Once in a while, you have a good streak on a weekend—one satisfying movie after another, even if they are all in completely different horror subgenres. Actually, that’s kind of what makes it even more satisfying, as with these three: a horror comedy, a found footage flick, and a werewolf film.
Housebound is the perfect blend of spot-on horror comedy, scares, and mystery. A chick is put under house arrest, which means she’s stuck in her home with her annoying mother. Her mother who believes the house is haunted. And pretty soon, so does our little inmate.
Crazy supernatural shit begins to happen, complete with a scary doll, demonic Teddy bear….
jump scare Jesus, and even a cute, bearish neighbor who is totally into helping hunt down the ghost…or whatever the hell it is that is haunting the walls of the house.
Which means delving into the dark history of the building….
Mix The Conjuring with the Black Christmas remake and sprinkle it with a comic twist and awesome cast and you’ve got Housebound. And keep an eye out for a clone of the couch quilt from the TV show Roseanne.
AS ABOVE, SO BELOW (2014)
As Above, So Below is a found footage film that redeems itself from a miserable, endless pit of the subgenre’s clichés during the final act.
Personally, my favorite film about the millions of dead bodies underneath Paris is still the flick Catacombs. The chick in that flick had no intentions of being down there. Our leading lady here not only keeps digging herself into deeper, more claustrophobic The Descent-esque catacombs—she drags a group of her friends along with her. Her goal is to find some stone that is believed to bring you life eternal.
You’d think any idiots would realize that if they don’t find that damn stone down there, they can cut short their already limited lifespan. I spent over an hour not feeling bad for them getting stuck and hurt and buried under rocks. Hell, I stopped caring the second they get down in the catacombs and don’t turn back upon seeing a chanting cult. They even do stupid “You are dead” video game crap like trying to solve a cryptic puzzle that promises you only one chance to get it right, or else. Fucking dipshits.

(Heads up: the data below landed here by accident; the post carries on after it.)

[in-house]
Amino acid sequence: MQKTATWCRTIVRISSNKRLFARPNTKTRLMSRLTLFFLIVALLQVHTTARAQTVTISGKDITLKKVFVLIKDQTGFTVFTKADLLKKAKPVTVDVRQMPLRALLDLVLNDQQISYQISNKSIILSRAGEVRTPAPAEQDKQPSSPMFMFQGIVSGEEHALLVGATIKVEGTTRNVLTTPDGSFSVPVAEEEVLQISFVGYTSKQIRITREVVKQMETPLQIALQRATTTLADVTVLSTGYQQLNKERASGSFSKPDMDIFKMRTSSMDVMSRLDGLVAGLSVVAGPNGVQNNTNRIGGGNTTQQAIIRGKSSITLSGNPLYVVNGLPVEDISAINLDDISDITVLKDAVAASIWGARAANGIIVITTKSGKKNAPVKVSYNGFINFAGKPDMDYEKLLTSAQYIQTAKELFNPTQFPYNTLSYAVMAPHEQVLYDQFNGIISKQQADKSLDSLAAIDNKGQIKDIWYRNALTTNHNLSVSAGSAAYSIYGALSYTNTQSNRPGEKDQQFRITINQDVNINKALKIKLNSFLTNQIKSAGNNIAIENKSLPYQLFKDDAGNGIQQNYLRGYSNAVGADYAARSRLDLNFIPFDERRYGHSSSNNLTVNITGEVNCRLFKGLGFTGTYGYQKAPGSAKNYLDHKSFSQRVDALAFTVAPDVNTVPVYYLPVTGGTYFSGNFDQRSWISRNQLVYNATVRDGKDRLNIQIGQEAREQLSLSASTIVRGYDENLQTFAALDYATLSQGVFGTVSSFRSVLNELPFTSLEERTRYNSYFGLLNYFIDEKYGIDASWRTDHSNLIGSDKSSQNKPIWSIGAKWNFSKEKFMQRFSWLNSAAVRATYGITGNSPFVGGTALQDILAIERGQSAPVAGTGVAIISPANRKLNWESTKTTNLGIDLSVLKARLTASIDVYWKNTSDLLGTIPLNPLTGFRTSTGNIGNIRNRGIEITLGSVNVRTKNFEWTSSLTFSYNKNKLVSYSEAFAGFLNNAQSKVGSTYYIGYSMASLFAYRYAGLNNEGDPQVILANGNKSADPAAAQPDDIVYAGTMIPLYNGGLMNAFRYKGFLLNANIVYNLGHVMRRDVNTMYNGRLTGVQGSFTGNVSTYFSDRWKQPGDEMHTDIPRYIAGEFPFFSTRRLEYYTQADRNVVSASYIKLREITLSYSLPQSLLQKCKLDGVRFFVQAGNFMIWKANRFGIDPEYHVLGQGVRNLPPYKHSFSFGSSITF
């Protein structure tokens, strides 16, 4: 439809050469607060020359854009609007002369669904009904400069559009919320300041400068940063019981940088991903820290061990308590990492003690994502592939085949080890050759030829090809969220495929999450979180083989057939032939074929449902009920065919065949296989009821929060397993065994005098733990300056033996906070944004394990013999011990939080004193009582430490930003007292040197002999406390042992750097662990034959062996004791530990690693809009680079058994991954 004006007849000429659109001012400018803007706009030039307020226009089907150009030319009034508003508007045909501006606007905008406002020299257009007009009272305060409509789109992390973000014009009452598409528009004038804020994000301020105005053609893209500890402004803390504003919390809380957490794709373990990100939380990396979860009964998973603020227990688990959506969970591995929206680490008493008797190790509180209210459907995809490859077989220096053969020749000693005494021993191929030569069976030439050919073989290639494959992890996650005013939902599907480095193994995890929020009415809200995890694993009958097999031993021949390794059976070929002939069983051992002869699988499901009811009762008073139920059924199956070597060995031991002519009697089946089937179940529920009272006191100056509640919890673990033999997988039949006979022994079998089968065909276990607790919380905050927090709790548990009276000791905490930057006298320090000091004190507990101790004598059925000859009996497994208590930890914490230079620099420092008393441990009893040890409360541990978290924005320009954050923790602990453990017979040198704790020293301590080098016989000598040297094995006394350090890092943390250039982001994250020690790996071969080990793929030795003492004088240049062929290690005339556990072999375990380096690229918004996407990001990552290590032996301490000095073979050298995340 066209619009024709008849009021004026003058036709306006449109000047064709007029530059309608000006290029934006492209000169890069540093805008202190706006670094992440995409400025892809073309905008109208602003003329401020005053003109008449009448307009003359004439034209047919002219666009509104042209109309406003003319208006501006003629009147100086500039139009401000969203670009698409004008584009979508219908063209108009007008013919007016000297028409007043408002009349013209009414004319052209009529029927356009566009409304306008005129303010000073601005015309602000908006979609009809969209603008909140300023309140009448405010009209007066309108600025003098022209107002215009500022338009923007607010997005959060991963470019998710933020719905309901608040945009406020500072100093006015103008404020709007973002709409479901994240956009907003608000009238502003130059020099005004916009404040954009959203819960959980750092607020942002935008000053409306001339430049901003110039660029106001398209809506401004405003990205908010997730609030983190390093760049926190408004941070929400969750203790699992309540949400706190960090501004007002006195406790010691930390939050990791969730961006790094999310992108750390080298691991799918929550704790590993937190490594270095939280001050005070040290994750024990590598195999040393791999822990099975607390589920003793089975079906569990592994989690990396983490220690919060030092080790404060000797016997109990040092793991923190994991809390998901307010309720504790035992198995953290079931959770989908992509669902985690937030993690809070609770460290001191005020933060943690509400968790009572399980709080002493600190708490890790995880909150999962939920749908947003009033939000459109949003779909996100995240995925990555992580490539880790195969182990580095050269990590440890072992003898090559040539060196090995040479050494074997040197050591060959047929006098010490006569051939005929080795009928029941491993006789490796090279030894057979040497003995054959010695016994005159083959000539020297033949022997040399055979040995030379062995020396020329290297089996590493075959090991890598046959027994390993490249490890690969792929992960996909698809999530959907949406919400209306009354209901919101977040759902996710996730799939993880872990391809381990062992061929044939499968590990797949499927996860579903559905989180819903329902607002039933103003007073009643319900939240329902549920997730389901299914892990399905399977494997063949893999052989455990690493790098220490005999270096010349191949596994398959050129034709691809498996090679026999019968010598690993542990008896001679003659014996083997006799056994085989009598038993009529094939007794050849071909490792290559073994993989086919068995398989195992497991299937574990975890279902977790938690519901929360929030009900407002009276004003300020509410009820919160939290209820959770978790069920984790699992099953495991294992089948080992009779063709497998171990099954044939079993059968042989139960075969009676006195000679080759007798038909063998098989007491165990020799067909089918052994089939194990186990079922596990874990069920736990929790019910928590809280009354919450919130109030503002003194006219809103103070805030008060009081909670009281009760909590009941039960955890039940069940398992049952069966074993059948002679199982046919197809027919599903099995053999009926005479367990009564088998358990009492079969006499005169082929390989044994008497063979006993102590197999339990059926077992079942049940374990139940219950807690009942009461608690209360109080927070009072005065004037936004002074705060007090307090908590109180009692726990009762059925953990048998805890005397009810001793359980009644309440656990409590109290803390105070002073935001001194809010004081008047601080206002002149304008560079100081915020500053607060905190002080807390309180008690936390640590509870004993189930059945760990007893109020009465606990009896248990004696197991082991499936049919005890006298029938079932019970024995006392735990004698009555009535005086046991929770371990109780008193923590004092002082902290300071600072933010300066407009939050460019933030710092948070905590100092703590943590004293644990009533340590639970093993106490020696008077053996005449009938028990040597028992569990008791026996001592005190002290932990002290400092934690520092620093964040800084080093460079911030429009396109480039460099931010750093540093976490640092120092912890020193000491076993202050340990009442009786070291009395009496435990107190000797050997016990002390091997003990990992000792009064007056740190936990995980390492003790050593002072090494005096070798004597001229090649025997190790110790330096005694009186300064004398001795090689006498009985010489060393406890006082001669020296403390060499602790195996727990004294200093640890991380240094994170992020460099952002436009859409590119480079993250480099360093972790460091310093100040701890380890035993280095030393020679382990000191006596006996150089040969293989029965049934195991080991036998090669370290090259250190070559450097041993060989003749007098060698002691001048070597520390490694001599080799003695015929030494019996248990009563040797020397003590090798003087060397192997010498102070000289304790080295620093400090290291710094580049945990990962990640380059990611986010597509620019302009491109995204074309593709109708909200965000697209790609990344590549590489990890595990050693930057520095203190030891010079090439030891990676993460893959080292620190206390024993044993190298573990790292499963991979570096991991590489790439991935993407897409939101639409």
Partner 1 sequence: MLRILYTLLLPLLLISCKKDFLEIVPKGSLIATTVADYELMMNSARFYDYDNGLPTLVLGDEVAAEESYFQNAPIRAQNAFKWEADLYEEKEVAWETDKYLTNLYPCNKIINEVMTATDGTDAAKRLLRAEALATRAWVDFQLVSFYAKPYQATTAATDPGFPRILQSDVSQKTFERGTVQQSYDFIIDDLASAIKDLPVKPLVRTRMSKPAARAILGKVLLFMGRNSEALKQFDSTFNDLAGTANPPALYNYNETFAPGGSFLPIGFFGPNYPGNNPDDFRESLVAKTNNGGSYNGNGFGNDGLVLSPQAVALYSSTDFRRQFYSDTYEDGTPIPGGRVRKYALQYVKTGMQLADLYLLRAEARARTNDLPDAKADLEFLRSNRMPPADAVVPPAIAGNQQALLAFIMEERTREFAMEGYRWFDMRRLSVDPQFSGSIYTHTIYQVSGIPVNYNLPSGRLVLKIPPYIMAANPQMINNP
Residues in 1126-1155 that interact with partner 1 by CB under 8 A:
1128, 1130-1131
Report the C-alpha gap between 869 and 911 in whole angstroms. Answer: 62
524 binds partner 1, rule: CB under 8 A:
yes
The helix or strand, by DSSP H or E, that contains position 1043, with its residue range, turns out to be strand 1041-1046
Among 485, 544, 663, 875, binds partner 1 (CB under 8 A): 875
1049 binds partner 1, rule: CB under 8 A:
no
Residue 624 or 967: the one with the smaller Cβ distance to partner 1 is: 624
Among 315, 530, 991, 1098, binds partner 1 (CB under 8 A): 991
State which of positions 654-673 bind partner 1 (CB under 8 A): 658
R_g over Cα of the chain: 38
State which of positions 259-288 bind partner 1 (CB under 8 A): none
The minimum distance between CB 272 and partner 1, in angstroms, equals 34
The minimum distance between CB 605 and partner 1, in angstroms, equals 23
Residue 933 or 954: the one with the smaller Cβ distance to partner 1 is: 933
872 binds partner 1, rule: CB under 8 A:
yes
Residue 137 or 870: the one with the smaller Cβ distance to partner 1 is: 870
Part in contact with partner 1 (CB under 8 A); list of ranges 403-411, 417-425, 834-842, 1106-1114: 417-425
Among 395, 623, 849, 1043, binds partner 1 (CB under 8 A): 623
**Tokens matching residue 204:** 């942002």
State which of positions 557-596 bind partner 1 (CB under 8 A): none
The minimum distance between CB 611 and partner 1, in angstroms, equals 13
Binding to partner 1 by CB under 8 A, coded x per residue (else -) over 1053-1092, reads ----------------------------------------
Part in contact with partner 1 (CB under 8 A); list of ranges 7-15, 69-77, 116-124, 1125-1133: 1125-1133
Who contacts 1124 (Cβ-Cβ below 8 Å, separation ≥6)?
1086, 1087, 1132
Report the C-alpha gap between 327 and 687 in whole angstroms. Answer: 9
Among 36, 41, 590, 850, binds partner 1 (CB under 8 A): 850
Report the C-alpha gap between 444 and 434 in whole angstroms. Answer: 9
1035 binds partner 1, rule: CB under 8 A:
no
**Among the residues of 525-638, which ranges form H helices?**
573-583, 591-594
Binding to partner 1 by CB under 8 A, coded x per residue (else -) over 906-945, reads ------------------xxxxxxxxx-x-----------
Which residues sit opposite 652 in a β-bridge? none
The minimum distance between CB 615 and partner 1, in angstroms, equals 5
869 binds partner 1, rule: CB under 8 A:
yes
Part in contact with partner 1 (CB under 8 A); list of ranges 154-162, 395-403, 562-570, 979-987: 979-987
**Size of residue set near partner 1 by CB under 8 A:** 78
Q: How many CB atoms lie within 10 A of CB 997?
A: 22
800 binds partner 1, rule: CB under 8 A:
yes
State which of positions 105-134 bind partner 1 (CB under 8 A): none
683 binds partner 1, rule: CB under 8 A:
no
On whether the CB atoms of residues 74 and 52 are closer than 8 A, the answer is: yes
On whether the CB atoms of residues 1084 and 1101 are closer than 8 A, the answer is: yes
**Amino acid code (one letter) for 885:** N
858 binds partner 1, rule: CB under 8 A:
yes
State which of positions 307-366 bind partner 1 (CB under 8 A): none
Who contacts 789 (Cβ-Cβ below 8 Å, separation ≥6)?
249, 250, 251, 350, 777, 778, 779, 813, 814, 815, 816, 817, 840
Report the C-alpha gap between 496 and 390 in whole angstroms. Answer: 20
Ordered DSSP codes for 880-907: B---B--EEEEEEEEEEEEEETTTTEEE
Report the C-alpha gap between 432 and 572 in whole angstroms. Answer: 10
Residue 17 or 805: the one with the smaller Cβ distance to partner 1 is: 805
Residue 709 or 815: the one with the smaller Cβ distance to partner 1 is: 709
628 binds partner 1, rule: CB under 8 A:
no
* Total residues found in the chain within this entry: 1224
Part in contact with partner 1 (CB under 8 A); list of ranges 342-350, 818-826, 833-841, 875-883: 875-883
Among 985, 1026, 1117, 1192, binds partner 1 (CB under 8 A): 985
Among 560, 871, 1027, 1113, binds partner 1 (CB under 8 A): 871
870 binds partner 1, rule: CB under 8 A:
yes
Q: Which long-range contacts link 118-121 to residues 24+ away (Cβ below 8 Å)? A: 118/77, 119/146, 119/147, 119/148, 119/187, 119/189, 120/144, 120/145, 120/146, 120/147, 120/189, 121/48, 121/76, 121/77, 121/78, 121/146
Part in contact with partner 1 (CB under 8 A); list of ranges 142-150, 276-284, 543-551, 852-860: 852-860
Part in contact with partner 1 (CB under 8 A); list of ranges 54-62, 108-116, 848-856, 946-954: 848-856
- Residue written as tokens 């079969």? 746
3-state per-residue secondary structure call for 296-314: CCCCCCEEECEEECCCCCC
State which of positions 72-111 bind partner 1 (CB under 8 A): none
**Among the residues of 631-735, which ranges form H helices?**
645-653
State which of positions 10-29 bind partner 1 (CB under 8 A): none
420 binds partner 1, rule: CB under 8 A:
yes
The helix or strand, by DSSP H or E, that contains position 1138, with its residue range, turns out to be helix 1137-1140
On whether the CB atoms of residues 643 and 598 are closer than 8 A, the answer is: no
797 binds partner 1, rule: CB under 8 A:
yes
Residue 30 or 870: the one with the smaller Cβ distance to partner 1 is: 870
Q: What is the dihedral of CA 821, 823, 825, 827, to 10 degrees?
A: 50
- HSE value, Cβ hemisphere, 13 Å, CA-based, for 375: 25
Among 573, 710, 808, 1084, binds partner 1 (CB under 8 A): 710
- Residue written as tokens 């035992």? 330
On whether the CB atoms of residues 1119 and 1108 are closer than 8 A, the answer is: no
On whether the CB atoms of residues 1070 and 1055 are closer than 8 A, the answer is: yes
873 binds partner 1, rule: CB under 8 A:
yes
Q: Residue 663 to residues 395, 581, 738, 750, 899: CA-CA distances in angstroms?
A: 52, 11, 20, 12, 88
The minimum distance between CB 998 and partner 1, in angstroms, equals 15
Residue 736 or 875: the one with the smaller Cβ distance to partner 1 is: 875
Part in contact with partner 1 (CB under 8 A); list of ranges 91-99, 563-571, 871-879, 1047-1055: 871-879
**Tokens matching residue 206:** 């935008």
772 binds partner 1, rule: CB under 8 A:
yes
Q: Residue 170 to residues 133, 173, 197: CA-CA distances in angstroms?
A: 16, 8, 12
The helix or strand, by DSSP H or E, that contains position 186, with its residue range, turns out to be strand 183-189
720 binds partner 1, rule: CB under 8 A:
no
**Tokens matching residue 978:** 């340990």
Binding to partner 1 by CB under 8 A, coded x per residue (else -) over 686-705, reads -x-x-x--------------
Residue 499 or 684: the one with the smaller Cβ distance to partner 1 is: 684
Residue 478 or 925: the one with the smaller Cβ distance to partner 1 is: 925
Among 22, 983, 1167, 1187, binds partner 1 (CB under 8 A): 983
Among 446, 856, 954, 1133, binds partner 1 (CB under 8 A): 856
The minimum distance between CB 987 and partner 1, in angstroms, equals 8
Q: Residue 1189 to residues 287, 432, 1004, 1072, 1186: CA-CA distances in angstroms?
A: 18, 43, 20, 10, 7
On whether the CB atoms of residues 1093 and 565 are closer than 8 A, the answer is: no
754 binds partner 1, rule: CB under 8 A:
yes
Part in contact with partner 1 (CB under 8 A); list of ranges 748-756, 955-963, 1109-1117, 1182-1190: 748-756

On top of that, a huge part of the film lacks any horror. Friends fight with each other. Tight tunnel-traveling footage looks like a colonoscopy….
There’s not one designated cameraman—apparently they all have cameras on because a character will seem to just completely disappear until you realize the POV has been switched suddenly to that person’s camera. Which makes you wonder how they spliced together footage from the cameras of people who never make it back.
Eventually…and it’s a pretty long eventuality…we get classic, in-your-face found footage monster jump scares galore! Things finally go to hell in a good way. And it’s delicious, nightmarish horror you get from video games like Silent Hill. Plus, it provokes some thought. It might seem like a “religious” theme, but it’s actually a more philosophical—and logical—concept about life and the power we ourselves have to make it a good one or hell on earth.
If you’re a big werewolf fan and have been waiting for something different, Wer is the way to go.
After a family is brutally torn apart while camping, a weird, excessively tall and hairy local man is arrested. Scream queen A.J. Cook plays a lawyer who steps in to represent him because she believes he is being framed and that the actual killer was some sort of animal.
Wer begins as a very character-driven mystery, but as the lawyer and her small team investigate, they start to suspect the full moon has a whole lot to do with the attack…which leads to a few too many scenes of them being allowed to follow the police to places they would never be able to in actuality. And so begins some delicious werewolf insanity—blood, gore, violence, action, horror, hair. Rather than go the “big bad wolf” route of modern horror like Ginger Snaps and Dog Soldiers, Wer actually brings the classic “wolfman” lycanthrope into the new millennium. Good stuff.